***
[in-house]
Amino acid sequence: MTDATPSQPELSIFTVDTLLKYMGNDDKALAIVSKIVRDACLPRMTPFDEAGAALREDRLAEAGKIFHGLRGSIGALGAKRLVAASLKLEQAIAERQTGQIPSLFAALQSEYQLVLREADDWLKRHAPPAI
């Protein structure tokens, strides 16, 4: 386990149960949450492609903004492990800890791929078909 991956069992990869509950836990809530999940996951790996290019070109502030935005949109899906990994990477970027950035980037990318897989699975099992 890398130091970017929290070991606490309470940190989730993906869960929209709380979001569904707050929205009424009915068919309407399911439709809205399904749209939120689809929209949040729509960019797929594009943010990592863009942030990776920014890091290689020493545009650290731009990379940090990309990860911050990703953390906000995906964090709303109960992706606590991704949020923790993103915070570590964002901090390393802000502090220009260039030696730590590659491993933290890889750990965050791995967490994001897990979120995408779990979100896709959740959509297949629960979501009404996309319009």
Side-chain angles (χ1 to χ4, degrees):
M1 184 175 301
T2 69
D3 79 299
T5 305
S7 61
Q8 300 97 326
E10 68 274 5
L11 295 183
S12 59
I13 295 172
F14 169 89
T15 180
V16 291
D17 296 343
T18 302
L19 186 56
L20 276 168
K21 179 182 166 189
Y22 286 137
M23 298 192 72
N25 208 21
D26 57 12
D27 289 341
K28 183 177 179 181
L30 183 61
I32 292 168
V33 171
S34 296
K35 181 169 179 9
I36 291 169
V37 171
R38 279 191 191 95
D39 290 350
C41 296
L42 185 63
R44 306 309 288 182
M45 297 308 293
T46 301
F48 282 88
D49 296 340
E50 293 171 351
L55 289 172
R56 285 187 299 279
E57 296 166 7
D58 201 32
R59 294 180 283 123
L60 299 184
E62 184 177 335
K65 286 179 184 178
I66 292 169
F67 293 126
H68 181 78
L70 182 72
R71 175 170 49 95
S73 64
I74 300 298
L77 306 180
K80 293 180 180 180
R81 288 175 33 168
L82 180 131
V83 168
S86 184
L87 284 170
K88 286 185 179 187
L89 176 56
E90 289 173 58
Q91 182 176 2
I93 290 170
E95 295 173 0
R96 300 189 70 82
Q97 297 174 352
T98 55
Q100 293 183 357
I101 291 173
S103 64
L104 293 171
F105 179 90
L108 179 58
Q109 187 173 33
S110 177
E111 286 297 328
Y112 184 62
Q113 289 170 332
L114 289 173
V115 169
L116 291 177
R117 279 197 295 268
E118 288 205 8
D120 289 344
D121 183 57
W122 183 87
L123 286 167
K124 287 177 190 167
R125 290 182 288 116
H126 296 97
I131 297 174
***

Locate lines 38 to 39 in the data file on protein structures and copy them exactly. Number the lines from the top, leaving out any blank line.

C41 296
L42 185 63